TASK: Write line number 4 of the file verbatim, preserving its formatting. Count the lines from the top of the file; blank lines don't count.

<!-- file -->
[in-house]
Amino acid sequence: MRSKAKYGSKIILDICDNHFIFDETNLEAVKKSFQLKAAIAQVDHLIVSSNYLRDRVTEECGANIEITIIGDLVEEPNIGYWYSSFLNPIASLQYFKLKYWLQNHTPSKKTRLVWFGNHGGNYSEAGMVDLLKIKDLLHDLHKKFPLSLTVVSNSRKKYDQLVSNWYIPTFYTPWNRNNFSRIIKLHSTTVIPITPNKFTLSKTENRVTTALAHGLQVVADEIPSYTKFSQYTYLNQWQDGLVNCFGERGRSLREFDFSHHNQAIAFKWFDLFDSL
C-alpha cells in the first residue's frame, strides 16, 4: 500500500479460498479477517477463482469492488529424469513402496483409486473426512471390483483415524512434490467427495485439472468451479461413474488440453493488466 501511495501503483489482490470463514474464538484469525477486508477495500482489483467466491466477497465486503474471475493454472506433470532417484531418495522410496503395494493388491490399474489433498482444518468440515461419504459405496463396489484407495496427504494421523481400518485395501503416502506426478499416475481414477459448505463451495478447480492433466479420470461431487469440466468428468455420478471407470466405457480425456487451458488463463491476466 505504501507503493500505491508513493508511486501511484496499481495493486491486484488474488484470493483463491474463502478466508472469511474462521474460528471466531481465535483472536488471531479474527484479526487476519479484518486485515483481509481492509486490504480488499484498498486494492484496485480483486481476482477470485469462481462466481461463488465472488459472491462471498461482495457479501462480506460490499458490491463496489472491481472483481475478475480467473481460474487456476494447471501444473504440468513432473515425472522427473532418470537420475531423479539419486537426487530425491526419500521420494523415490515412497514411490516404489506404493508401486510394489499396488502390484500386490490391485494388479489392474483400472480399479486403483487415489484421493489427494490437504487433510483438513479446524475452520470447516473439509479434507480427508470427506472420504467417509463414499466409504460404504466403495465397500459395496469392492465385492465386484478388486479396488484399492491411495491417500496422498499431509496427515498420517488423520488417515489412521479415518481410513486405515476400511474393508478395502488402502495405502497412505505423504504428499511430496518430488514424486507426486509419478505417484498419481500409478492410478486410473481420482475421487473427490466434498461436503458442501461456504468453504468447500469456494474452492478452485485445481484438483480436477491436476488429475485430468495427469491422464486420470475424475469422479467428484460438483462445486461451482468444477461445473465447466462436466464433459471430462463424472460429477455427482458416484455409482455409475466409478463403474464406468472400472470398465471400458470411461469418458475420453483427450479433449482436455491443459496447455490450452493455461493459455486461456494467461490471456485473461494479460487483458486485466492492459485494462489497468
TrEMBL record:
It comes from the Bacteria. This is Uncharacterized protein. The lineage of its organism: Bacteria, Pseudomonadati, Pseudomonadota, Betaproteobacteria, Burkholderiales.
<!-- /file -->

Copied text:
TrEMBL record: